Emergency rooms in the United States are incredibly busy. Last year, there were over 130 million emergency room visits. That means, on average, one out of every two American went to the emergency room. One-fifth of those ER visits were patients under the age of 18. As more people use ERs as their first choice in health care, ERs around the country are operating above capacity.
Emergency rooms are an essential part of the United States health system. They can handle just about any health issue at any time of day. ERs are designed to provide life- and limb-saving care quickly. ERs also have a policy of never turning people away regardless of whether they have life insurance or are in the country illegally.
Unfortunately, this leads to abuse. For people who have nowhere else to turn, the ER is their only choice for even minor health issues. Or, they may wait until the minor health issue becomes serious. Either way, this is leading to clogged emergency rooms, which can lead to longer wait times for those who need treatment quickly.
Conditions that May Require Emergency Care
There are no clear cut guidelines for determining when one should visit an emergency room. When in doubt, it is best to err on the side of caution and visit an emergency room. Below are some conditions that may require a trip to the emergency room:
- Serious burns
- Bleeding of the vagina during pregnancy
- Fevers with high temperatures or a rash
- Injuries to the head or eyes
- Broken or dislocated bones
- Vision loss
- Bleeding of the intestines
- Swelling and pain of the testicles
- Sever heart palpitations
- Altered mental states, confusion, or difficulty speaking
- Severe pain starting halfway down the back or in the abdomen
- Continuous chest pain radiating from the jaw or arm or accompanied by vomiting, shortness of breath, or sweating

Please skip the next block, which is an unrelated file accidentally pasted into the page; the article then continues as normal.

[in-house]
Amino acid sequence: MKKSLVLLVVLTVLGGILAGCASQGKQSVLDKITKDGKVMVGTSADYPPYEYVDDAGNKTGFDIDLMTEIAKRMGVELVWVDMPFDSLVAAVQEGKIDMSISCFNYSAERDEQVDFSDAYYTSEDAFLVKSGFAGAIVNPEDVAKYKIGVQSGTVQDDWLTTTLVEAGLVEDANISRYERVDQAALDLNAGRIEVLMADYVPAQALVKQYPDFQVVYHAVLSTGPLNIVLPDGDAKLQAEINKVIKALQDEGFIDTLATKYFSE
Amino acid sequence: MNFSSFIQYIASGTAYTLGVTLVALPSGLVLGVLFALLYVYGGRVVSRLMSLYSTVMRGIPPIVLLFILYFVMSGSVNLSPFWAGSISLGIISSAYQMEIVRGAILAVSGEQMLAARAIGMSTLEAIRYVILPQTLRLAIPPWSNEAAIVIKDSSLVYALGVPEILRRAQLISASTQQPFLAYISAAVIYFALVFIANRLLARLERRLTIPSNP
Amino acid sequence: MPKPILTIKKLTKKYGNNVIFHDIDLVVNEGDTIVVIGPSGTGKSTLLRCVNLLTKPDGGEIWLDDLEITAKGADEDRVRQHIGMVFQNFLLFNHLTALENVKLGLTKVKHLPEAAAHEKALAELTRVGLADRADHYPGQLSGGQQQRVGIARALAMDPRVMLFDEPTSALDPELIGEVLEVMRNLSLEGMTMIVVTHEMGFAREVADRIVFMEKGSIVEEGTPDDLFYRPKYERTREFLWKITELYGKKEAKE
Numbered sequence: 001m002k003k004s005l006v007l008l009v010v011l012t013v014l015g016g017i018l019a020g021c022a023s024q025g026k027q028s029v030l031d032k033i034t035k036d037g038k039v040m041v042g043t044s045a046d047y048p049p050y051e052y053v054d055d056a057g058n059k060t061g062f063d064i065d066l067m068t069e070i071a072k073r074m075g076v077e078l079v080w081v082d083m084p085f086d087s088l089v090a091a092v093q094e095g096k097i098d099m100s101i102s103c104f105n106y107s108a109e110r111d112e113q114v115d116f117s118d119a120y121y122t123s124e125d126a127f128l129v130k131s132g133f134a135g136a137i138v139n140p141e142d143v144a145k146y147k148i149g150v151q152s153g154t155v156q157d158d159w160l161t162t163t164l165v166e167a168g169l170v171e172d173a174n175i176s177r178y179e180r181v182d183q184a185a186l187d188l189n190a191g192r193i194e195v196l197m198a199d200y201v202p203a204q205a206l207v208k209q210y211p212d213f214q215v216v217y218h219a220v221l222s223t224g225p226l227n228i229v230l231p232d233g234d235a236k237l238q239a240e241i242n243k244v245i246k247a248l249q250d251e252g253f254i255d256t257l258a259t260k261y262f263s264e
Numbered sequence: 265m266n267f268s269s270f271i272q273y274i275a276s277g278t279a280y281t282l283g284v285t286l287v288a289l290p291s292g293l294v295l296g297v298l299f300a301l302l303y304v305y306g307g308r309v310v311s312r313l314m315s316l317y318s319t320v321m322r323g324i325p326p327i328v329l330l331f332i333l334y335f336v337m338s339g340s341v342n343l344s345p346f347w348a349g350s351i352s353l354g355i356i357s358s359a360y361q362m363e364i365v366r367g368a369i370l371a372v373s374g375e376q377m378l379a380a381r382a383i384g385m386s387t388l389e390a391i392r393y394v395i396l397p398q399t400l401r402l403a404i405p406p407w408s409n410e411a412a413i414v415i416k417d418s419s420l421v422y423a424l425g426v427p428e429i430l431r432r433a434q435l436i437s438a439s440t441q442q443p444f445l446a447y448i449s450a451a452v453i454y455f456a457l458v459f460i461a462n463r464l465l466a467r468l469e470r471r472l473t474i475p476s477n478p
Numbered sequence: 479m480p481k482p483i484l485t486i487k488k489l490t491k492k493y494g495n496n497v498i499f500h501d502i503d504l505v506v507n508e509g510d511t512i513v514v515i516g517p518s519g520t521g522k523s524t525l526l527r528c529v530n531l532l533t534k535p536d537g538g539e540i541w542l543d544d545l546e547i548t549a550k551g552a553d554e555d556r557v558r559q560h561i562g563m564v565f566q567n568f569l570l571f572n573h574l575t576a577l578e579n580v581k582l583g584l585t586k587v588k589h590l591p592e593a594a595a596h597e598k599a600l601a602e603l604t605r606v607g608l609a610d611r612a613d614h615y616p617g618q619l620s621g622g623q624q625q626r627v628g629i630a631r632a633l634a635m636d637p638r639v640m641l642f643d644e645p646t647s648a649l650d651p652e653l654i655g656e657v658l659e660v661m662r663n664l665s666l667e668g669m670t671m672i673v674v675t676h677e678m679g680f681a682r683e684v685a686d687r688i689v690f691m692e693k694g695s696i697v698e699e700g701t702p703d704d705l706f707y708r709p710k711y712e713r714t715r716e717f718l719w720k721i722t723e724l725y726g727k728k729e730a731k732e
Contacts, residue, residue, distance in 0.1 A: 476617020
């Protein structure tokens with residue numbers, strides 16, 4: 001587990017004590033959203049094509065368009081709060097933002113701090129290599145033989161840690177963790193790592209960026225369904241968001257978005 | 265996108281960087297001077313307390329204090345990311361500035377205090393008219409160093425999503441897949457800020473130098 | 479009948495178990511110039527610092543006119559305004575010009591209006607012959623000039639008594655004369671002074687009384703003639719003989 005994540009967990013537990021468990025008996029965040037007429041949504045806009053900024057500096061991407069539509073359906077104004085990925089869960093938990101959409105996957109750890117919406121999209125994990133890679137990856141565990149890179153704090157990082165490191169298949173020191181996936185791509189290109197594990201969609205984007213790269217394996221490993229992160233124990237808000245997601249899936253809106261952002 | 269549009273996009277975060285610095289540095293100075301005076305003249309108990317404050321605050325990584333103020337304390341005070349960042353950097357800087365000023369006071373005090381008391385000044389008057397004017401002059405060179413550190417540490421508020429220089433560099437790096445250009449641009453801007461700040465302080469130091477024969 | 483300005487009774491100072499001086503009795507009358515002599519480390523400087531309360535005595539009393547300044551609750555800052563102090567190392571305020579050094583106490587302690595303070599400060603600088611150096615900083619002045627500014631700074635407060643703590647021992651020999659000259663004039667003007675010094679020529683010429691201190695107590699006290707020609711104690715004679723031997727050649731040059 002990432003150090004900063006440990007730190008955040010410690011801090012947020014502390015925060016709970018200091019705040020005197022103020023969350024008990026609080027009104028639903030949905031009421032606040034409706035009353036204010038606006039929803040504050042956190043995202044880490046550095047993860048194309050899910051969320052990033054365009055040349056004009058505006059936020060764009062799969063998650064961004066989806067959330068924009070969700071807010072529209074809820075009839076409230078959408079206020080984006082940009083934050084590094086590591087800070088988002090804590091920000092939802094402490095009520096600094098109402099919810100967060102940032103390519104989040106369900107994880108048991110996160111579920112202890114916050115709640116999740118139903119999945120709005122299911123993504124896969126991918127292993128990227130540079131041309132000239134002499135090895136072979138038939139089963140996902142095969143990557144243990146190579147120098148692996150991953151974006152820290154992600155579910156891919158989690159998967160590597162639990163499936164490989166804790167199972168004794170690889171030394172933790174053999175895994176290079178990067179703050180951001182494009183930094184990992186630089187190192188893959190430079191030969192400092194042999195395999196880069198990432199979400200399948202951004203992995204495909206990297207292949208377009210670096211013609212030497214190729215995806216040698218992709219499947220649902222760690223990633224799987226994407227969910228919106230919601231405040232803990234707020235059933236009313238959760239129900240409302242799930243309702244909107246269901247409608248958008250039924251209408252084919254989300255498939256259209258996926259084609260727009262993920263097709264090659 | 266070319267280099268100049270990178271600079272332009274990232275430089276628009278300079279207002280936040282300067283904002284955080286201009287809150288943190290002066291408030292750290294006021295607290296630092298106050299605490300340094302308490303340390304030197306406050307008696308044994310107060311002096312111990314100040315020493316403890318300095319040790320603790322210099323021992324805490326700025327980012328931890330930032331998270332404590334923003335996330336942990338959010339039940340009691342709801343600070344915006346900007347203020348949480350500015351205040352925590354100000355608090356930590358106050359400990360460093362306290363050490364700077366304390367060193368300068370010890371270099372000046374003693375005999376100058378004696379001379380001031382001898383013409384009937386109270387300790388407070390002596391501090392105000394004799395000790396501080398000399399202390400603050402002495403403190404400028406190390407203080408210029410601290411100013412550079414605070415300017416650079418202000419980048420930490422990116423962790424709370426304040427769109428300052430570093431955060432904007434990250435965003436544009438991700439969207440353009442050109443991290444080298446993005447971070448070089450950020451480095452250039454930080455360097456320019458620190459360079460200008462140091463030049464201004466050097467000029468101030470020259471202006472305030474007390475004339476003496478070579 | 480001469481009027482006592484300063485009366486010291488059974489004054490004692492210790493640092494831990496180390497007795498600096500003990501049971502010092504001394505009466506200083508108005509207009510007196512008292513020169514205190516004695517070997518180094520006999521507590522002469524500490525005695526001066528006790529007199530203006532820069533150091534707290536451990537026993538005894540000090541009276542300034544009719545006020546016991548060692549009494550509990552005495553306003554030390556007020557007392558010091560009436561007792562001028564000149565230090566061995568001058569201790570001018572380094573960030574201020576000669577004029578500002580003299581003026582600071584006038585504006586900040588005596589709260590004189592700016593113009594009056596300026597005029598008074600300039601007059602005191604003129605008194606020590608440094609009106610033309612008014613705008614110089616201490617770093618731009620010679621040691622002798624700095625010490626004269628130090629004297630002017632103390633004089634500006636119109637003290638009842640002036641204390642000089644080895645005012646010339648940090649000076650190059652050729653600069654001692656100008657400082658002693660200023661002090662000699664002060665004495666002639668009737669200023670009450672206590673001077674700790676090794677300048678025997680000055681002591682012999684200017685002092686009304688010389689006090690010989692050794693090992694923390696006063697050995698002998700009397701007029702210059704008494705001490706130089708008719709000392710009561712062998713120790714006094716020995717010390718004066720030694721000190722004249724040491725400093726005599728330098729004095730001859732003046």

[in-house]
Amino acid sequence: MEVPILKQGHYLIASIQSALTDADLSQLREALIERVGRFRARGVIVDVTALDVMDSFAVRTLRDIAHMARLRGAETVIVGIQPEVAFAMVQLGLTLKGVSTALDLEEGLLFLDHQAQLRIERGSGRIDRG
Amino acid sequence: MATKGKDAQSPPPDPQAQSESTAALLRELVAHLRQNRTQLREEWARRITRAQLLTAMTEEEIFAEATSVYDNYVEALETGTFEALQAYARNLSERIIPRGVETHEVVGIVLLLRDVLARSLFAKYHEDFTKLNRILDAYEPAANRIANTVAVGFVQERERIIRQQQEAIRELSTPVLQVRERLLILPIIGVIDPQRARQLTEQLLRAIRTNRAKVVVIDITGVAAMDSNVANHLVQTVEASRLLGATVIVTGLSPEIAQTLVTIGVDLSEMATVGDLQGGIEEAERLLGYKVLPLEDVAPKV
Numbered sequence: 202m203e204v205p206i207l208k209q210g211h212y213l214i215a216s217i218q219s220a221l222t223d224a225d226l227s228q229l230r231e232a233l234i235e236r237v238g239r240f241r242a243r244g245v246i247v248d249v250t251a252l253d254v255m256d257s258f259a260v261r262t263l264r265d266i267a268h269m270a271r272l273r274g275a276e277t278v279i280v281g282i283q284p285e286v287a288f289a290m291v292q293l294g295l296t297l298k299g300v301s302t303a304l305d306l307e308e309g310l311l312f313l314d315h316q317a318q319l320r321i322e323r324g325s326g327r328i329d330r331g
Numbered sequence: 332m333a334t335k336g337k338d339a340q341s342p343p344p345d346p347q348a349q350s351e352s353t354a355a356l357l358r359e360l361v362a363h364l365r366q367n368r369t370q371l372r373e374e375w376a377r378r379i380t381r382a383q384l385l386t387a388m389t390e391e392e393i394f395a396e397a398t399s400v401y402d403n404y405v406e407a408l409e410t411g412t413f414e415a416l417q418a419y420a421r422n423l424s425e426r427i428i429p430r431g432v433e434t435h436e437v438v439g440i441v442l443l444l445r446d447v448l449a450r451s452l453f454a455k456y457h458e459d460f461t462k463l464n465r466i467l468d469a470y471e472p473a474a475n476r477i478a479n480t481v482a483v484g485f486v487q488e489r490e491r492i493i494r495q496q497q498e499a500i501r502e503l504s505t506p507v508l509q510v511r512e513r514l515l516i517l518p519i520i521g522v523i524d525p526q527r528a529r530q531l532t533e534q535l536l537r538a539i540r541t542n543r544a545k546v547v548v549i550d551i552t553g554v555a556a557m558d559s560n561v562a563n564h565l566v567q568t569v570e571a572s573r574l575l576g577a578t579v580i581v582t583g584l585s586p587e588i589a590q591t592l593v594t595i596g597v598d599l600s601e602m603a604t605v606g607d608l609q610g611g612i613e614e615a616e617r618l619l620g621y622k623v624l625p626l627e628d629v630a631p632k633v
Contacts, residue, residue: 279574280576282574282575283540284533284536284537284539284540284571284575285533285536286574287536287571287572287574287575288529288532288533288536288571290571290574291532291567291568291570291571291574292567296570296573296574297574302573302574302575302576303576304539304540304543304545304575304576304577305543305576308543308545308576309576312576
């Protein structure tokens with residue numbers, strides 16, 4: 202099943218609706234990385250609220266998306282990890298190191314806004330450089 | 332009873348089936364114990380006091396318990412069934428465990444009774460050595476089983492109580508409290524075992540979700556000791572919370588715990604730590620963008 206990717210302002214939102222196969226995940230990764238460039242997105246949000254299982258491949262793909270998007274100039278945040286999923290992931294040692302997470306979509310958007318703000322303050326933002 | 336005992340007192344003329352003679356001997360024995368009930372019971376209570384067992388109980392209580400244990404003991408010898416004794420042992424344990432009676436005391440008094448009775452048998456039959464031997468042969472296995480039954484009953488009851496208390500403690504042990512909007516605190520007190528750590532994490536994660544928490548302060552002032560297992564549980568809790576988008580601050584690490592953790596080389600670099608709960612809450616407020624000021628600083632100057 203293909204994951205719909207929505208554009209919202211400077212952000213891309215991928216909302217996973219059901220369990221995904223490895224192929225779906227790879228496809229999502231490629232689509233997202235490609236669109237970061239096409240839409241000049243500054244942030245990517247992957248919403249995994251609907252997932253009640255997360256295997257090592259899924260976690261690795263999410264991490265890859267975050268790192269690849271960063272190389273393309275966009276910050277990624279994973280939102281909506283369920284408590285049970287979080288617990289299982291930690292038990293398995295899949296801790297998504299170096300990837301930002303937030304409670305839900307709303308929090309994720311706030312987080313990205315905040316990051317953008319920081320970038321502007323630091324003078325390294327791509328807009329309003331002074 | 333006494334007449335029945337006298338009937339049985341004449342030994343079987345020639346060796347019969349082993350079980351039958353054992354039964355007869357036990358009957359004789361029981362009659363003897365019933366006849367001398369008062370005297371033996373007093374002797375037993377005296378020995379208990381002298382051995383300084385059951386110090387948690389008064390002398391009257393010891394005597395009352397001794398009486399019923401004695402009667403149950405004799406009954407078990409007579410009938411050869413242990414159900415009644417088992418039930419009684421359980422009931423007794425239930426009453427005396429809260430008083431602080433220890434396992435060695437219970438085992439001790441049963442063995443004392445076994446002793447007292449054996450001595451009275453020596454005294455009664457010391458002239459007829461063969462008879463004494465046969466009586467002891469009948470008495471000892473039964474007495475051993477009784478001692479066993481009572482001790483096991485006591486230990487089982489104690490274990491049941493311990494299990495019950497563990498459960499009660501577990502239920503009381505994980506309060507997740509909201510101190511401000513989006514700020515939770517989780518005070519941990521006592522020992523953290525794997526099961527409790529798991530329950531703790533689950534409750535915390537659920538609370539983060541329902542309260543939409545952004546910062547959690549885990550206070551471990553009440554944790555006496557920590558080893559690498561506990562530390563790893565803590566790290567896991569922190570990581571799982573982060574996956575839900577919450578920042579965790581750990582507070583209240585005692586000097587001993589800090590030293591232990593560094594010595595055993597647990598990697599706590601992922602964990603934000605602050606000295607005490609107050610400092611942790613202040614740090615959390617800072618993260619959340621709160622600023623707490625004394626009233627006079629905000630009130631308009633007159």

- Continuous wheezing or shortness of breath
- Fainting or loss of balance
- Fever in a newborn baby
- Deep cuts
- Severe cold or flu symptoms
One may also want to visit the emergency room if there is a condition not mentioned above but that requires immediate attention when there are no other health care providers available. Also, for some of these emergencies, 911 may need to be called.
Urgent Care Is Different from Emergency Care
In a recent study, of the people who visited an emergency room and were not admitted to the hospital, 48 percent went to the ER because their doctor’s office was not open. It is often hard to get same-day appointments with one’s doctor’s office. For those who need same-day help but cannot get an appointment, there are urgent care facilities.
Urgent care facilities are walk-in clinics that provide ambulatory care. They do not have the same wide scope of treatment abilities an ER would have, but they do provide a good alternative for minor immediate care needs. Also, there are even some 24-hour urgent care facilities.
Some of the more common ailments treated at urgent care facilities are sore throat, painful urination, sprains, vomiting, diarrhea, and minor fevers.
For anyone who has received a bill from the emergency room, it is clear which of the two health care providers are preferable financially. Urgent care facilities are much less expensive than ERs. Health insurance plans also tend to have a much higher (hundreds of dollars) copay for ER visits as well.
When accidents happen, it is important to have a plan ready for how to deal with them. By understanding the purposes for emergency rooms and urgent care centers, one can be prepared to take the appropriate actions when disasters strike. Knowing the hours of the closest urgent care center and what services it can handle may save time and money.